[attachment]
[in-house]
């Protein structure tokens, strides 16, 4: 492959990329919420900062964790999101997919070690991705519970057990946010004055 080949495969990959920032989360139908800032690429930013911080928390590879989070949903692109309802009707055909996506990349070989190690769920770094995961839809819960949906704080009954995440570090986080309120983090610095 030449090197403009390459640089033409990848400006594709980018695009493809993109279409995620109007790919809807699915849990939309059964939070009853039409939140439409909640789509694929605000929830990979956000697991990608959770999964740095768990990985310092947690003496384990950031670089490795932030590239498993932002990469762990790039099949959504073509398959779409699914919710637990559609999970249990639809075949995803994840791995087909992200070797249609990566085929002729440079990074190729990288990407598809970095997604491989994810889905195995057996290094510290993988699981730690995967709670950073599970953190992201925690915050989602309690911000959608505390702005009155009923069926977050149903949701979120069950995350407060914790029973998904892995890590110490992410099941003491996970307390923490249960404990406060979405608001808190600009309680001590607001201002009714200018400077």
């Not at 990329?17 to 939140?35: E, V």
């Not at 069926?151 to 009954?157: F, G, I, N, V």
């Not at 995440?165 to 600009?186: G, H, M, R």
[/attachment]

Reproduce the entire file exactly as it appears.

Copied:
[in-house]
């Protein structure tokens, strides 16, 4: 492959990329919420900062964790999101997919070690991705519970057990946010004055 080949495969990959920032989360139908800032690429930013911080928390590879989070949903692109309802009707055909996506990349070989190690769920770094995961839809819960949906704080009954995440570090986080309120983090610095 030449090197403009390459640089033409990848400006594709980018695009493809993109279409995620109007790919809807699915849990939309059964939070009853039409939140439409909640789509694929605000929830990979956000697991990608959770999964740095768990990985310092947690003496384990950031670089490795932030590239498993932002990469762990790039099949959504073509398959779409699914919710637990559609999970249990639809075949995803994840791995087909992200070797249609990566085929002729440079990074190729990288990407598809970095997604491989994810889905195995057996290094510290993988699981730690995967709670950073599970953190992201925690915050989602309690911000959608505390702005009155009923069926977050149903949701979120069950995350407060914790029973998904892995890590110490992410099941003491996970307390923490249960404990406060979405608001808190600009309680001590607001201002009714200018400077």
């Not at 990329?17 to 939140?35: E, V």
């Not at 069926?151 to 009954?157: F, G, I, N, V």
């Not at 995440?165 to 600009?186: G, H, M, R």